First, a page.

I am a very frequent flier, and could give the safety briefing myself, but I still make an effort to put down what I'm doing and pay attention. Why? Because I want to set an example for those who *should* be listening, since I don't want something that they do in a panic later to cause me harm.

Comment: Arcade games are still skill based (Score 2) 181

by dfm3 (#46709979) Attached to: Do Free-To-Play Games Get a Fair Shake?
In my mind, the difference is that there is some level of skill involved in arcade gameplay which is missing in current f2p games. Having grown up in the era when arcades were still the place to spend a Saturday afternoon, I can remember the excitement of nailing that perfect play which seemed to go on and on as the difficulty became increasingly harder... or, the frustration of realizing that you just wasted your money as you crash and burn right off the bat.

Really good arcade players could go what seemed like forever on a single coin, sometimes drawing a sizable audience, while the not-so-good players had a financial (and social!) incentive to improve their gameplay. This is missing from f2p games, which aren't designed to test the player's skill, but their patience. "Trolls are destroying your crops! To double your yield, build a watchtower that will only cost 99 cents!" would be akin to an arcade game prompting you, "Want to complete this level with half of the enemies? Insert a second token now!"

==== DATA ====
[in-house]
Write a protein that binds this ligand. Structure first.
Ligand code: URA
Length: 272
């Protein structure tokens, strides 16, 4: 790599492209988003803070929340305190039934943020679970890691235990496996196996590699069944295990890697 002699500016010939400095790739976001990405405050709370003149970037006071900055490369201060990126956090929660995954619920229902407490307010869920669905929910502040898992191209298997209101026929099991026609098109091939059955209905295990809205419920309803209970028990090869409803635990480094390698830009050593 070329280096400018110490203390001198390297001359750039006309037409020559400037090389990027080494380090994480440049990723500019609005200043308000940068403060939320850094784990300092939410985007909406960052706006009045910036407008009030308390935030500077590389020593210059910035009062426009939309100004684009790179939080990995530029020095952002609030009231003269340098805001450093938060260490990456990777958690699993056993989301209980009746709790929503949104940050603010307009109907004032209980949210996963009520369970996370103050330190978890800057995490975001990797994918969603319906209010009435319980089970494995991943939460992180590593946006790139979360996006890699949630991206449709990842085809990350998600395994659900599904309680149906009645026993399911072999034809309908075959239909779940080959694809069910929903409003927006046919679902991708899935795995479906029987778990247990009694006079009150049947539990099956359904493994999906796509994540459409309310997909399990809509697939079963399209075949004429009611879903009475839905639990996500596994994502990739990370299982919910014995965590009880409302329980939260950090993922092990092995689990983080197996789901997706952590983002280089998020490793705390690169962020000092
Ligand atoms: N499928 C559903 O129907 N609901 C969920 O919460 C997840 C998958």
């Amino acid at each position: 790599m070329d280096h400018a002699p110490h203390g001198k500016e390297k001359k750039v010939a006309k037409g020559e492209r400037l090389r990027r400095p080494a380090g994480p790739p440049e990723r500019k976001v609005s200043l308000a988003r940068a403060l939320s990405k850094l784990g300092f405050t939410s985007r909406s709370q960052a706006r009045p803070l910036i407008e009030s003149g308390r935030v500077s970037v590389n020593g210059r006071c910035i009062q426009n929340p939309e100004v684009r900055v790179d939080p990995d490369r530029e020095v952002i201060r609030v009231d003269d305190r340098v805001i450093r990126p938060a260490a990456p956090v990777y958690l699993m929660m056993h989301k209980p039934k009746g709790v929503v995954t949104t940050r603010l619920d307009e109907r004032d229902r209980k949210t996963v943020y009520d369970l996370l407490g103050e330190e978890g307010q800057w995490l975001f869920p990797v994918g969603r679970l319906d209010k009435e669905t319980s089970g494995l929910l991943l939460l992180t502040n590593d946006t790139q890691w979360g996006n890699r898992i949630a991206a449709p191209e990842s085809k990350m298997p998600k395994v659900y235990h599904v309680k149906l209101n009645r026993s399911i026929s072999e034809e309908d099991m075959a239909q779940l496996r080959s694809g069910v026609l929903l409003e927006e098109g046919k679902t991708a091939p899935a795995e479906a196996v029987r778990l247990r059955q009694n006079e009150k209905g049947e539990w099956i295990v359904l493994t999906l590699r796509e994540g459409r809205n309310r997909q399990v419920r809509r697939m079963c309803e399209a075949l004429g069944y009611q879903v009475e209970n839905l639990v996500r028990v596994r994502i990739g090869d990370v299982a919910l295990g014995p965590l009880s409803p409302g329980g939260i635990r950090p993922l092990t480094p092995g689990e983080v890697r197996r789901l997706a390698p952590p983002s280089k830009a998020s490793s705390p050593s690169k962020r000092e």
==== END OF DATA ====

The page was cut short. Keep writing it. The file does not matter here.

Comment: Yes (Score 2, Informative) 114

by dfm3 (#45058707) Attached to: Meet the Voice Behind Siri
The sentences are computer generated, but where did you think the actual syllables came from?

Hour after hour, she read nonsensical phrases and sentences so that the "ubergeeks" -- as she affectionately calls them; they leave her awestruck -- could work their magic by pulling out vowels, consonants, syllables and diphthongs, and playing with her pitch and speed.

Comment: Re:"Financial Sense" (Score 1) 668

by dfm3 (#45053315) Attached to: Are Shuttered Gov't Sites Actually Saving Money?

if there are many of them, then you should be able to give a few examples.